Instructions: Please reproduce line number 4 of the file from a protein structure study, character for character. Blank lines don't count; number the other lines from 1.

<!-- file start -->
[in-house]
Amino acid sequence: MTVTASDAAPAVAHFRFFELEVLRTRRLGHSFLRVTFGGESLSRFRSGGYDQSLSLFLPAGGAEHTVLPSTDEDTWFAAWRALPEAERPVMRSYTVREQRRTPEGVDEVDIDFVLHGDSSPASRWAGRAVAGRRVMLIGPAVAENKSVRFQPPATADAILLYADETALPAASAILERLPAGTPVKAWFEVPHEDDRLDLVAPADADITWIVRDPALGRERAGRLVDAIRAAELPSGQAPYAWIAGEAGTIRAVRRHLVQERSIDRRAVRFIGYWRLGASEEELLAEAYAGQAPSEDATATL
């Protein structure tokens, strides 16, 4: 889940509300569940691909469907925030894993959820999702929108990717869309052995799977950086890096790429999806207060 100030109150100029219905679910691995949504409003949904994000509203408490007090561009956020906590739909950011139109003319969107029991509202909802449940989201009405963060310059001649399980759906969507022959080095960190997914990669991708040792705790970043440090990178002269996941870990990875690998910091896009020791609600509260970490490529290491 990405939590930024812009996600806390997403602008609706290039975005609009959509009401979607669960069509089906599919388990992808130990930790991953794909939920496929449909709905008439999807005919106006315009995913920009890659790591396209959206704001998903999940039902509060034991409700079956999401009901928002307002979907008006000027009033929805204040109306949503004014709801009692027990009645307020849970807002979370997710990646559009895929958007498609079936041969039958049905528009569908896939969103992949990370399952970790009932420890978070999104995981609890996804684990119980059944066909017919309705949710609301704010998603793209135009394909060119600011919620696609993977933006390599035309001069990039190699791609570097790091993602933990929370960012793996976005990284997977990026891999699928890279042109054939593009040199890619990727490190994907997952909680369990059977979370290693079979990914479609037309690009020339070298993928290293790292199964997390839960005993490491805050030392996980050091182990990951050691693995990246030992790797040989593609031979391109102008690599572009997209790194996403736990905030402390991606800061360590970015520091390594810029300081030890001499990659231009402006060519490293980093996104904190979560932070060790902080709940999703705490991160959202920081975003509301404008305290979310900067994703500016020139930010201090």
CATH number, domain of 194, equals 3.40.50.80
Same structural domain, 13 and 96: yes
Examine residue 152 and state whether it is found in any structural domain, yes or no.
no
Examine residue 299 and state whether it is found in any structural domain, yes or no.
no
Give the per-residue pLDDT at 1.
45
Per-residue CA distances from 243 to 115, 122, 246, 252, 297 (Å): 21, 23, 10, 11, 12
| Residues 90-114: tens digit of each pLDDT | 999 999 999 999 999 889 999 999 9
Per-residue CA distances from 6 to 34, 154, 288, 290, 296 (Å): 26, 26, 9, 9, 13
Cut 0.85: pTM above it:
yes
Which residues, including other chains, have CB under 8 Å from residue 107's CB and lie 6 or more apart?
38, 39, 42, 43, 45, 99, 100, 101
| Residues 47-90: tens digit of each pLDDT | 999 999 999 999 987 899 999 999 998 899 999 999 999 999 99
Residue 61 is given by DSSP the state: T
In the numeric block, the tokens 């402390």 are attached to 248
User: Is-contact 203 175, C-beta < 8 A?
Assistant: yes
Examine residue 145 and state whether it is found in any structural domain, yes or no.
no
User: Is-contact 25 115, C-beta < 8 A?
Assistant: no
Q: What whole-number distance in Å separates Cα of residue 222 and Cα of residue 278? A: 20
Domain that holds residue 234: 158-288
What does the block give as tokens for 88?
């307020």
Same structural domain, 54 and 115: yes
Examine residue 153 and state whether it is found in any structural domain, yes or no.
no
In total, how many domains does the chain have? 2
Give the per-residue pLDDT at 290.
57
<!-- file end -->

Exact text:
CATH number, domain of 194, equals 3.40.50.80